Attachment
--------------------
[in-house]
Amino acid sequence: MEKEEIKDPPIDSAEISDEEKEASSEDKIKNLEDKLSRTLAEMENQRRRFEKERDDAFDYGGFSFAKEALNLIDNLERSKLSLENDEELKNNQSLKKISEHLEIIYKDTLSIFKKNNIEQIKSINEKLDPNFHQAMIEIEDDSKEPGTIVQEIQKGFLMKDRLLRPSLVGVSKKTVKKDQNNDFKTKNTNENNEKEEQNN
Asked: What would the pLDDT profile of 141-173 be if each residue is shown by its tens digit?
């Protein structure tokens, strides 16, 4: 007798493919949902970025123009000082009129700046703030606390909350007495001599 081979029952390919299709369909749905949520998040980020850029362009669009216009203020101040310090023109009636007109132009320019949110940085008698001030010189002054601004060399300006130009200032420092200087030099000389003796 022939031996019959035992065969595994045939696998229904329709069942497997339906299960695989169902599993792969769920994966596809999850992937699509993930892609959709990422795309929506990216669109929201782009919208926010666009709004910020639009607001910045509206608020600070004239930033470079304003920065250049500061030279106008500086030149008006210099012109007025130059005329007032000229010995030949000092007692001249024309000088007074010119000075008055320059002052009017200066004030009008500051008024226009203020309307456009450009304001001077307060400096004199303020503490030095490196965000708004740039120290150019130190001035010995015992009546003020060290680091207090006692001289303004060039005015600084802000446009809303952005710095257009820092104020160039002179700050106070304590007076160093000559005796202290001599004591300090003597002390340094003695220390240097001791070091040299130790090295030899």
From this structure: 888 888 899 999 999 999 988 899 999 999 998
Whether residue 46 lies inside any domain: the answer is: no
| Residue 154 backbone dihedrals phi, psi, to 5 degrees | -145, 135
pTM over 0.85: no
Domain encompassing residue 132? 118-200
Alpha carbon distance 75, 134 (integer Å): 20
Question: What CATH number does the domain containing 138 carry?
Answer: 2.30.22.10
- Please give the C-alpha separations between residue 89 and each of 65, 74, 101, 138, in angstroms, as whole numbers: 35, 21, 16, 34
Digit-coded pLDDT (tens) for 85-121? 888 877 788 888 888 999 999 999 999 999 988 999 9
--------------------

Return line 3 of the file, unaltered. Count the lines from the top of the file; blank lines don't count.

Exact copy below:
Asked: What would the pLDDT profile of 141-173 be if each residue is shown by its tens digit?